- Rosewood – this can come as more expensive, but it is also known for its resistance from wear and tear and water damage.
- Plastic – cheaper than wooden marking gauges, but it cannot last as long as those made from wood.
You can buy marking gauges in physical hardware stores and online stores such as Amazon and eBay, which vary in price and the materials used.
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How Does A Marking Gauge Work?
In traditional woodworking, a marking gauge enables the woodworker to set a measurement using a ruler or a built-in guide. The marking gauge then keeps this measurement and then dragged across the wood workpiece.
A thin line will serve as a mark on the wood surface. Here is a step-by-step guide on using a marking gauge:
- Prepare your workpiece and set the marking gauge at the intended work piece’s end.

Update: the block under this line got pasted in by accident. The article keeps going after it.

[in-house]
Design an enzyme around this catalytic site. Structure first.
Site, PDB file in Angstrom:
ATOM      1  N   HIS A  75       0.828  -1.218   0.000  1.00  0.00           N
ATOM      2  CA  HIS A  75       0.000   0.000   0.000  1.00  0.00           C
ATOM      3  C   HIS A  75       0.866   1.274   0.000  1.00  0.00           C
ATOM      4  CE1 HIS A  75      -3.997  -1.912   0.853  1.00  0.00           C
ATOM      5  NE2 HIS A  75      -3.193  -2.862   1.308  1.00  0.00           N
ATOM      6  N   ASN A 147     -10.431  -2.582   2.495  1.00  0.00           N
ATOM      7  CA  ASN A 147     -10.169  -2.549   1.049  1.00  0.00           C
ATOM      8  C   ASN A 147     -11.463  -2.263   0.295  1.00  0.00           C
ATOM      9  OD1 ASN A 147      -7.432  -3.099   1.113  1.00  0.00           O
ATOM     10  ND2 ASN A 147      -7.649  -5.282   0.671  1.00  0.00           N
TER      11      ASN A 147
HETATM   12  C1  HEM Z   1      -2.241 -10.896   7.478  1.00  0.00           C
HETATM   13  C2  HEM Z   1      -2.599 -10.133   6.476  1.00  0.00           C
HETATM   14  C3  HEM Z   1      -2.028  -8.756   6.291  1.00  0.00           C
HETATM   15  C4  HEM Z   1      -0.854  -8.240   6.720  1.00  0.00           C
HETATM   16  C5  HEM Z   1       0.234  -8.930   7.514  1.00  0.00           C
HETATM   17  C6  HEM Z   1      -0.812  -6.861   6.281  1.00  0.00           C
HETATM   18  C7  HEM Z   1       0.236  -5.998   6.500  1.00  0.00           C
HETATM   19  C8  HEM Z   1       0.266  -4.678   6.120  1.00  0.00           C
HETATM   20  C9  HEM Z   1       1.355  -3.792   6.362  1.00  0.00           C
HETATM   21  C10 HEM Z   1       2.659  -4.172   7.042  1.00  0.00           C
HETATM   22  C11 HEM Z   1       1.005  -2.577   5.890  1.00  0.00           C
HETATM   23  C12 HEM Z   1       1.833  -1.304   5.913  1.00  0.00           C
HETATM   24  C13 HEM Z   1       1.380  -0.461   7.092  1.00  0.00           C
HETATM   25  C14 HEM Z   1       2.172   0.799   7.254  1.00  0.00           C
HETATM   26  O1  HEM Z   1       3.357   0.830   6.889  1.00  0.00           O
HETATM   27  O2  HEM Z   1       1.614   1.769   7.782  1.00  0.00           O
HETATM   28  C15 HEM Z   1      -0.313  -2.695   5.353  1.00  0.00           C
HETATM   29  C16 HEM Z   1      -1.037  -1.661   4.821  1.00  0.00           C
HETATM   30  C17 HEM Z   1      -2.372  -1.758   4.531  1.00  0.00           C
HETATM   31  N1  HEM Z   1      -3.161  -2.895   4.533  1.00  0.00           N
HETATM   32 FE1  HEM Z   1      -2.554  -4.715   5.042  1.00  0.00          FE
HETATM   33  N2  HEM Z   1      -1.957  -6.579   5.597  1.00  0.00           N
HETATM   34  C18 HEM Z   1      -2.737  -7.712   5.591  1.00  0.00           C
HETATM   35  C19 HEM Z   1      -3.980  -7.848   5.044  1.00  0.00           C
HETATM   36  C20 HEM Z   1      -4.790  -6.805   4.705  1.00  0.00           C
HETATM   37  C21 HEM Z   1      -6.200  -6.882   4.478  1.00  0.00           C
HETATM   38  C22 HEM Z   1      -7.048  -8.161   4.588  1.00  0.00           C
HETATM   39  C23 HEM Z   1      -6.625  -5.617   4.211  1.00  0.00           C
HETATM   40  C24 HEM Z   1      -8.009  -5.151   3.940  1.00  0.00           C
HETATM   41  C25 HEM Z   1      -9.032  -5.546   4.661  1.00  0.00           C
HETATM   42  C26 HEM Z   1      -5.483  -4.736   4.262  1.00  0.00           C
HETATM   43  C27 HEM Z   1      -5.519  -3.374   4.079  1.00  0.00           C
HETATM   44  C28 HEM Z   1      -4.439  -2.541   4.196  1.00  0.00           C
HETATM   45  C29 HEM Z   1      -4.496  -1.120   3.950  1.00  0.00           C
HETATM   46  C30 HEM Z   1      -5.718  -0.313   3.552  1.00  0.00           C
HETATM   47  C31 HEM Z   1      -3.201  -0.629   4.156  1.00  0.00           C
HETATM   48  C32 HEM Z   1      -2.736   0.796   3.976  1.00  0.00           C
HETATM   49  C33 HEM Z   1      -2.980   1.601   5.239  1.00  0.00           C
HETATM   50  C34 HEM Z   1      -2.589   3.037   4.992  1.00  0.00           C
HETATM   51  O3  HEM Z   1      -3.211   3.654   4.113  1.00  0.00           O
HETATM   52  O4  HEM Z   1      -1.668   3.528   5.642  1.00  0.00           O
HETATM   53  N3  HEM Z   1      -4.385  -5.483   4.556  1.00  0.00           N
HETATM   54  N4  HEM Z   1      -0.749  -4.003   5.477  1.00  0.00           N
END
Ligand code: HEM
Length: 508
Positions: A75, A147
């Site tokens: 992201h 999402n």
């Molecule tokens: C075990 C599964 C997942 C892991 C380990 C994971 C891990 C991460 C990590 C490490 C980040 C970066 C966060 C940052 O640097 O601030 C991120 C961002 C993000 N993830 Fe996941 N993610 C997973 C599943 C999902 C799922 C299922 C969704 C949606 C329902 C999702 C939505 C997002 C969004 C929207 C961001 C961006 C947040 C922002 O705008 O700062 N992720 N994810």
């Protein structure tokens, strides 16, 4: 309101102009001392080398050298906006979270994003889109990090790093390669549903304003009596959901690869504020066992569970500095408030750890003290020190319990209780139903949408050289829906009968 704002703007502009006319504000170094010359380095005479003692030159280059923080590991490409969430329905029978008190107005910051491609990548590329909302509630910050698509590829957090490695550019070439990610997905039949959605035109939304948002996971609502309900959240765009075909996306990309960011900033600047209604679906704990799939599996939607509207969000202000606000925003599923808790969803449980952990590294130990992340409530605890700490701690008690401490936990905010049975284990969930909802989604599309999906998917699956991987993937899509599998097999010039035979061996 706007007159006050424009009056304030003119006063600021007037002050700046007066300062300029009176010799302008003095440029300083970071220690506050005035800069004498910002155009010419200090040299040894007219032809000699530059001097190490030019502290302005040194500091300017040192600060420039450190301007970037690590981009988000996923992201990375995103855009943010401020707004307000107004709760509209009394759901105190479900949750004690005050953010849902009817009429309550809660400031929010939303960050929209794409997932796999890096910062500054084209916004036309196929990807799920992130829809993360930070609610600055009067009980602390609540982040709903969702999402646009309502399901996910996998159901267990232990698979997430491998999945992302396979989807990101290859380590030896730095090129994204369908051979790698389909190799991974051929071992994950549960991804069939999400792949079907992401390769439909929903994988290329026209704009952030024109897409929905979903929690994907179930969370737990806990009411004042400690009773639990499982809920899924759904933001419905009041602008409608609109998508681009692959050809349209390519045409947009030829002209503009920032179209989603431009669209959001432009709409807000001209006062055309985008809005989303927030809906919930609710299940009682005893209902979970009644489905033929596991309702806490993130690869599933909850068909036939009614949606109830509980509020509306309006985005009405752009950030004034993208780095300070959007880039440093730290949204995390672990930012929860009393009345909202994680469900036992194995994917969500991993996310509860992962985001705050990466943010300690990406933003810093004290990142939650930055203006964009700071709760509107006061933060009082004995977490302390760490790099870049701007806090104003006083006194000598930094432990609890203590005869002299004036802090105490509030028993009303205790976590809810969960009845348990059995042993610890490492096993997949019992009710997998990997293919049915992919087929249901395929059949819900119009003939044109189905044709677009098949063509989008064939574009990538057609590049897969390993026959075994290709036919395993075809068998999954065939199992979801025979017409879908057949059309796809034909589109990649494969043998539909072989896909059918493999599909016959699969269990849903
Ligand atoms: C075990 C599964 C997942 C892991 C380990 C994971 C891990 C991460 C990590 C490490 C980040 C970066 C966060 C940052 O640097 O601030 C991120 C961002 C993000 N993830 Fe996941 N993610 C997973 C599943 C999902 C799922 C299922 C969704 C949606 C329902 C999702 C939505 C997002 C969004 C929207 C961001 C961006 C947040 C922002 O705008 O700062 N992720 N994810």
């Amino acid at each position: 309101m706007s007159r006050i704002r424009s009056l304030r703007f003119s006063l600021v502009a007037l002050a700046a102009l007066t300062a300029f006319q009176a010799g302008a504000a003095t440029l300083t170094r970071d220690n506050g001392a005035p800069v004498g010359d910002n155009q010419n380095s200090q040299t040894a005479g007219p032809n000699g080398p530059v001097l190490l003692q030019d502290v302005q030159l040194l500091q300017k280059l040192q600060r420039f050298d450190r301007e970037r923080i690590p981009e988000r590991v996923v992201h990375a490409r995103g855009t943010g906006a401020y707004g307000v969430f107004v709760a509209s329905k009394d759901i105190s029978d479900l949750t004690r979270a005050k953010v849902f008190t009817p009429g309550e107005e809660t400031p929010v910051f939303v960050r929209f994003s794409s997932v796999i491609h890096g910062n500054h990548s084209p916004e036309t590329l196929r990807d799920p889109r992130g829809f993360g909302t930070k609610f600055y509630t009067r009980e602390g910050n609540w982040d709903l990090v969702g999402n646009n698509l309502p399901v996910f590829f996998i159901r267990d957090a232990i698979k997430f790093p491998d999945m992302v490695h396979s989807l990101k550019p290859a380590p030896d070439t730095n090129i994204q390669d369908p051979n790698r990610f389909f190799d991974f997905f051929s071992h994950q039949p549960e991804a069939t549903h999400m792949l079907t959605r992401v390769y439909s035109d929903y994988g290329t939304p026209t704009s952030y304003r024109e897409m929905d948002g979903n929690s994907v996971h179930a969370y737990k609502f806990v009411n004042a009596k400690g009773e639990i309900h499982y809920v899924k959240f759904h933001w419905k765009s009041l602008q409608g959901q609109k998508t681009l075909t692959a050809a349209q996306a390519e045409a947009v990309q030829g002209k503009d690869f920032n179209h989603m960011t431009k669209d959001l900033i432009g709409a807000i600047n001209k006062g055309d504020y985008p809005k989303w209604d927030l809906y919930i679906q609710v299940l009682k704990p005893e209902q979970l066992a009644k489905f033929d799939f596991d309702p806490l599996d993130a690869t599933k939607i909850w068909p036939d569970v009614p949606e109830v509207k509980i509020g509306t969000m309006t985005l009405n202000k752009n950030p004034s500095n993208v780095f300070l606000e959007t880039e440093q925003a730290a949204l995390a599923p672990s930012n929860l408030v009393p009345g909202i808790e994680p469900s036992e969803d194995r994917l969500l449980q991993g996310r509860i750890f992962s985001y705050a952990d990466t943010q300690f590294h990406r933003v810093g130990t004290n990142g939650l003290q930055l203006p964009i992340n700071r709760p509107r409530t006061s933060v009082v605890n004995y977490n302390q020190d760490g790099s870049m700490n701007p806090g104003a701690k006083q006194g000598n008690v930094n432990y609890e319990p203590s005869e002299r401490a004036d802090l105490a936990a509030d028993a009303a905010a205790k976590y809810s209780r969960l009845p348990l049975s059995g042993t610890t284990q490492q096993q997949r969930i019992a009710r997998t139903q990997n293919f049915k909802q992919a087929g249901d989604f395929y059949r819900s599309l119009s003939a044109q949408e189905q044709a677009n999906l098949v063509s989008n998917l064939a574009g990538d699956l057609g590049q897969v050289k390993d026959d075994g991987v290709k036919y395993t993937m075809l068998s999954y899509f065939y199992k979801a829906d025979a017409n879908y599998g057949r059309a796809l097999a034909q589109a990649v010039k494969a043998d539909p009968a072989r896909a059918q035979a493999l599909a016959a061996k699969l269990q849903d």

- Adjust the fence and stem by turning the thumbscrew counterclockwise. Do these until you reach your desired measurement and then turn the screw back to tighten it.
- Slightly tilt the fence in the direction you will mark and then drag the fence along the wood workpiece. Apply minimal pressure as you go along and stop just before the end of the wood piece.
- Do the same procedure as number 3, only that you will come from the opposite end of the wood piece. This is to ensure that the line is marked completely.
- Continue marking the other sides of the wooden workpiece. Instead of adjusting the stem or fence all over again, you can turn the piece on the side which needs marking.
As mentioned earlier, marking gauge lasts longer than plastic. Traditional woodwork tools also have a longer lifespan than electric tools. Still, one should take extra care with these tools regardless of whether it is traditional or modern.
Here are tips in proper marking gauge care:
- Keep your marking gauge tool from high-moisture places to avoid rot or corrosion. Wipe your tool if it is wet.
- Make sure that the pin or blade is always sharp. This is to prevent producing a thicker line that can be inaccurate in your measurement.